So this is my (extremely) in-depth video about my editing process, and how you can create your own editing process, too! This is how I’ve edited each and every book I’ve written since early 2013, and it’s been effective for me!
Give it a watch (when you have time), like, share, and subscribe! NaNoWriMo is almost at end – time to start thinking about editing!!!
NaNo is nothing more than an excuse to write. You can write 50k. You can write 5k. If you’re doing it in the name of NaNo, you’re doing it write. That’s the point. To write. So you don’t need to plan out a huge novel right now – you just need to take it step by step and go at your own pace.
Hell, 1,667 words is a lot each day. My average, when I’m in full-on novel mode, is roughly 1,200 a day. Me, someone with 6 books under his belt, averages 400 fewer words per day than NaNo “requires.”
You don’t need to sign up to the website to do it, either. You can keep your own track. Yes, maybe “officially” doing it would help keep you in check, but at the same time, it might also garner unwanted stress that will inevitably make you feel guilty if you find you can’t keep up.
Writing is hard work. 1,667 is a feat for anyone to pull off, writers and non-writers alike. Especially when you’re *actually* writing a novel, not just something you’re doing for the hell of it to “say you did the challenge” like I know many people do. But that’s why I go slow when I write. Because I *am* thinking about the book and choosing my words carefully and whatnot. If I didn’t, I’d either bust out a “book” that made no sense at all, or I’d sit there every day staring at a blank screen not knowing what to put.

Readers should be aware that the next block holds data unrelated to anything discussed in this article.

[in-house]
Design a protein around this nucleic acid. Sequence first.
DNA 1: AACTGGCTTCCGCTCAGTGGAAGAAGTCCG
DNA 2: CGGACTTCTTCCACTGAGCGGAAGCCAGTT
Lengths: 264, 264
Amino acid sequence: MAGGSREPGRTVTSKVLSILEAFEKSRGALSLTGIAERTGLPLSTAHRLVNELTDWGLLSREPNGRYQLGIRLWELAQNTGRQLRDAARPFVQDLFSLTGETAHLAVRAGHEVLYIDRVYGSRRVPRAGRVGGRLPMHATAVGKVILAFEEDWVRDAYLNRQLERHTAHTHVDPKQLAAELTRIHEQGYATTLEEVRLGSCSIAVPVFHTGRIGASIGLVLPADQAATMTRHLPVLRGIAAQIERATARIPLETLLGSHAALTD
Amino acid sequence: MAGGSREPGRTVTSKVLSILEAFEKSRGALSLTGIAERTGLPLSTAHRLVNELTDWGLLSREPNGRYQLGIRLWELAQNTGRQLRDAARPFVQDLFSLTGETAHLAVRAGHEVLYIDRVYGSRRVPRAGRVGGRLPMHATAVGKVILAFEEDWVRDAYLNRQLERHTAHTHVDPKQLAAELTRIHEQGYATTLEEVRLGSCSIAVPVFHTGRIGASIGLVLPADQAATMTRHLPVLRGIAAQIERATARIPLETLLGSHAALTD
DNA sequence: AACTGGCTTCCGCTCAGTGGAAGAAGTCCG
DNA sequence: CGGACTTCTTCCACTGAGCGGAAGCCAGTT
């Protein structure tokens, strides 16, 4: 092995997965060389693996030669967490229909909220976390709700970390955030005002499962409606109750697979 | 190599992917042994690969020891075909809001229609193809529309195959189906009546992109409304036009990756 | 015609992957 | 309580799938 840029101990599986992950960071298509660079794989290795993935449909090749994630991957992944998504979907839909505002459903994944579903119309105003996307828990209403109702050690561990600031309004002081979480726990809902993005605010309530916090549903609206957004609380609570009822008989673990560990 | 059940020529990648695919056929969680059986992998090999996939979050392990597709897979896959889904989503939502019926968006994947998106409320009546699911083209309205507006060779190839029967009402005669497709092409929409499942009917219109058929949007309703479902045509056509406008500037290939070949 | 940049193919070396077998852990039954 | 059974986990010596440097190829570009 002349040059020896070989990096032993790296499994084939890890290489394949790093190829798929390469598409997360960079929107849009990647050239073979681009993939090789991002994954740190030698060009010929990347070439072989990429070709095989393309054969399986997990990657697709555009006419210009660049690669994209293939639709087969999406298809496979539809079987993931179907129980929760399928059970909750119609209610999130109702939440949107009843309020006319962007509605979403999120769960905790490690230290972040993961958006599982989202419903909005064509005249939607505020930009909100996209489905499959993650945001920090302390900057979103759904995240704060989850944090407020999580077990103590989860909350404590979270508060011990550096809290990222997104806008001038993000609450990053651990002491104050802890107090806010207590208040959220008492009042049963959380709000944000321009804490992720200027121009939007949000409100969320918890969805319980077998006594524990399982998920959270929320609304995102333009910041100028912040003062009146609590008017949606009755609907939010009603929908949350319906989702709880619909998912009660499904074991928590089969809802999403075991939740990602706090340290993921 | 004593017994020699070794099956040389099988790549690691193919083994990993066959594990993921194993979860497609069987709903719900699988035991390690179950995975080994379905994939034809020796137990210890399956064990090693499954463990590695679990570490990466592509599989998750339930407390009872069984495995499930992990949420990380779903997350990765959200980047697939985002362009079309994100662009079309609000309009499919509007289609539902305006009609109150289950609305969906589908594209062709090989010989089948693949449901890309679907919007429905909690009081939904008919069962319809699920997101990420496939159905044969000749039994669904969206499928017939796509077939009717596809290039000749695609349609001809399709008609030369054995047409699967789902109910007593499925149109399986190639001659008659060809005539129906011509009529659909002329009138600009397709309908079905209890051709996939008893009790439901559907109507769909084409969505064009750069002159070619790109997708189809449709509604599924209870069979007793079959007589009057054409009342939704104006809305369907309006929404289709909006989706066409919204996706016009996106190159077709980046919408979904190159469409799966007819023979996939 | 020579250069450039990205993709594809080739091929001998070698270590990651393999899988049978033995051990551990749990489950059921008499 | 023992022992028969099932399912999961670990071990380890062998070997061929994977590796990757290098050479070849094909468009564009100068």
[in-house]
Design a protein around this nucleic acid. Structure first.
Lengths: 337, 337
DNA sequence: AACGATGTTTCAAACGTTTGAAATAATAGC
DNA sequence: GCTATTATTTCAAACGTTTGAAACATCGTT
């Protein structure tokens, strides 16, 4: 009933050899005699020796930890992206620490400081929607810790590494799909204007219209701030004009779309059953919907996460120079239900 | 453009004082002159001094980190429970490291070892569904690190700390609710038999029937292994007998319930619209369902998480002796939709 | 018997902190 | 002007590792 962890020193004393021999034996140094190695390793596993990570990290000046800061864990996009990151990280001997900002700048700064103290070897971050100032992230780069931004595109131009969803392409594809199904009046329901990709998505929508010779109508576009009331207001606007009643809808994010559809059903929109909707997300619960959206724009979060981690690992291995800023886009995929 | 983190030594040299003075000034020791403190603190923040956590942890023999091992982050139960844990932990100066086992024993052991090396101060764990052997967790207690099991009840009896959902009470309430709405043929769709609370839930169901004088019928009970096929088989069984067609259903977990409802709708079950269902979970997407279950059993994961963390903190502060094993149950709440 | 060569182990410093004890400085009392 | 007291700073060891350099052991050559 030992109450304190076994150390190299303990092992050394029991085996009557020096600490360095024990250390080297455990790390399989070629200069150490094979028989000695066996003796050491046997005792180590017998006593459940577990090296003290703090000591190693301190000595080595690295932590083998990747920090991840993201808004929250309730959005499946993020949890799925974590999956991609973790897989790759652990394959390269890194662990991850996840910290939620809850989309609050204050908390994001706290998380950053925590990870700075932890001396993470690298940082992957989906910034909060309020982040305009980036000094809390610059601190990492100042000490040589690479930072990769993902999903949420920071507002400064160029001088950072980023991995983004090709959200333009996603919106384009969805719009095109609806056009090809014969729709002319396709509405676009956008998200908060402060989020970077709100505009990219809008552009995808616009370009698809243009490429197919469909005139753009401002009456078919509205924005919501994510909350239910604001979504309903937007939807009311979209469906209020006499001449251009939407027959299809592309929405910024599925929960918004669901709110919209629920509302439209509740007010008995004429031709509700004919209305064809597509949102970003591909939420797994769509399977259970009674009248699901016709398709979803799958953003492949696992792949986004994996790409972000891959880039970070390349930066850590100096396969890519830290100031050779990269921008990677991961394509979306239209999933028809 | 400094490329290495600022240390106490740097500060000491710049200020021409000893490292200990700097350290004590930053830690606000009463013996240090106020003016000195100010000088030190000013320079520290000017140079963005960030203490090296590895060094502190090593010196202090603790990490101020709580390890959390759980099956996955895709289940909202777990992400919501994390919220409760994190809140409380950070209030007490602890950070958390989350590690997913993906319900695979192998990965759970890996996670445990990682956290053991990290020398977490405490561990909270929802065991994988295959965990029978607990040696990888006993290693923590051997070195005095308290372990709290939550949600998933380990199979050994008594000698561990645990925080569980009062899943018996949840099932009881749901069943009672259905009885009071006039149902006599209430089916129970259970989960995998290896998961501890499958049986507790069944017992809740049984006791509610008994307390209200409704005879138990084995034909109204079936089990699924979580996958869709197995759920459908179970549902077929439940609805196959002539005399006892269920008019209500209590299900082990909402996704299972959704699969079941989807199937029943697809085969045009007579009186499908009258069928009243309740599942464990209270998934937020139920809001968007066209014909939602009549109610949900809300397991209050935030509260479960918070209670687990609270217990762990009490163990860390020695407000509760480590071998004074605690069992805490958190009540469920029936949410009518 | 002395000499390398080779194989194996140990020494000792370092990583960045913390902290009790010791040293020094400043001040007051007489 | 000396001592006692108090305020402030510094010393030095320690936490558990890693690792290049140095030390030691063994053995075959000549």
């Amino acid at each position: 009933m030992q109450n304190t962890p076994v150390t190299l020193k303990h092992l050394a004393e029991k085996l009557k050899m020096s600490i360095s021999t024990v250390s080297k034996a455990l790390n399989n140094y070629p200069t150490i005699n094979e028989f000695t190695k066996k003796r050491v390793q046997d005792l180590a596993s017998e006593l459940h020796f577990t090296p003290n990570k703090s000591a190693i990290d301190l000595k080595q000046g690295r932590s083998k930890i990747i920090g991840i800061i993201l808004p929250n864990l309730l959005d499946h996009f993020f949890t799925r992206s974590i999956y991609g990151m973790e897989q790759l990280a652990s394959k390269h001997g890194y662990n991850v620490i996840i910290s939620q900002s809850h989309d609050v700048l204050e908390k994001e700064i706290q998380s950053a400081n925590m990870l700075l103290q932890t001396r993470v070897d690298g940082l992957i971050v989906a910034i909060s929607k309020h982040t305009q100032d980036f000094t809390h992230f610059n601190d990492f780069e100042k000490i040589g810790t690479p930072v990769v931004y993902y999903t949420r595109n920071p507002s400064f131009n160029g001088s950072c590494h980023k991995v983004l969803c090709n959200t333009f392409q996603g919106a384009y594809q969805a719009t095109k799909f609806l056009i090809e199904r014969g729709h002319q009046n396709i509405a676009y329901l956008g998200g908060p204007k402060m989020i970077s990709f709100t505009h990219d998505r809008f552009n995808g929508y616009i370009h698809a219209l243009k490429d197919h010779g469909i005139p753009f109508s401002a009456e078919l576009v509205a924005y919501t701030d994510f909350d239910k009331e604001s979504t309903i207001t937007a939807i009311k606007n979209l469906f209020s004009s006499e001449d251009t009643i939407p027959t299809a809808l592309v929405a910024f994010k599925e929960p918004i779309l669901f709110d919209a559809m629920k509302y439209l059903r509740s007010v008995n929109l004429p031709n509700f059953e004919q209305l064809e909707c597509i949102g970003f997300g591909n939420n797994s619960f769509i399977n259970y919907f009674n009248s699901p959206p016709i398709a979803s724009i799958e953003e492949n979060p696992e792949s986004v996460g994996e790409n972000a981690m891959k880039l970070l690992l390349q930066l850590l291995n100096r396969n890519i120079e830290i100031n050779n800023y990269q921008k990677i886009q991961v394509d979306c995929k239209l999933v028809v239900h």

The point is, writing is up to you. NaNo is a challenge. Something to say, “I wrote 50k+ in a month.” But really, the act of writing and getting out the story YOU want should come first.
It’s like running a marathon. Not everyone can run a marathon. Some people train year-round. But whether you’re running 10 miles a day, or 1 mile, at least you’re running.
You run a marathon for the challenge, not because it’s required of you as a runner. That’s what NaNo is. You officially do it for the challenge, not because you’re required to as a writer.
To everyone who IS doing NaNo this year….GOOD LUCK!!!
i feel like im writing all dialogue and no action and i have no idea how to make it better and fix it. Advice?
Some writers write that way. Have you read the Chaos Walking Trilogy by Patrick Ness? It’s a fantastic example of that style of writing. It could be the style of your story.
If you’re not happy with it you have a few options.
You can write all the dialogue you’ve got and when you’re finished, go back and write in the actions and the movements in the scenes. Sometimes dialogue comes fast but scenes and actions take some time. Get all the dialogue out and go back and fill it in.
Write place holders for action, and fill in later For example:
“Okay, let’s go running.” (Moves across room for shoes and coat)
When you’re not writing, spend your time reading your favorite authors / action scenes. Study how they move their characters and how the dialogue works with it.
Diana Gabaldon once said that she writes action into every three dialogue exchanges. It helps to keep the reader’s attention. For example:
“Okay, let’s go running.”
“That sounds great.”
She picks up her keys and spins them around her finger, “After you.”
I know this can be challenging, but you can do it! Don’t fight it, just get it written and any and all changes can be made when you’re done!
It’s week 2 and for a lot of writers, we can get a little stuck in this stage of Nano. The shininess has worn off and it’s starting to become a chore.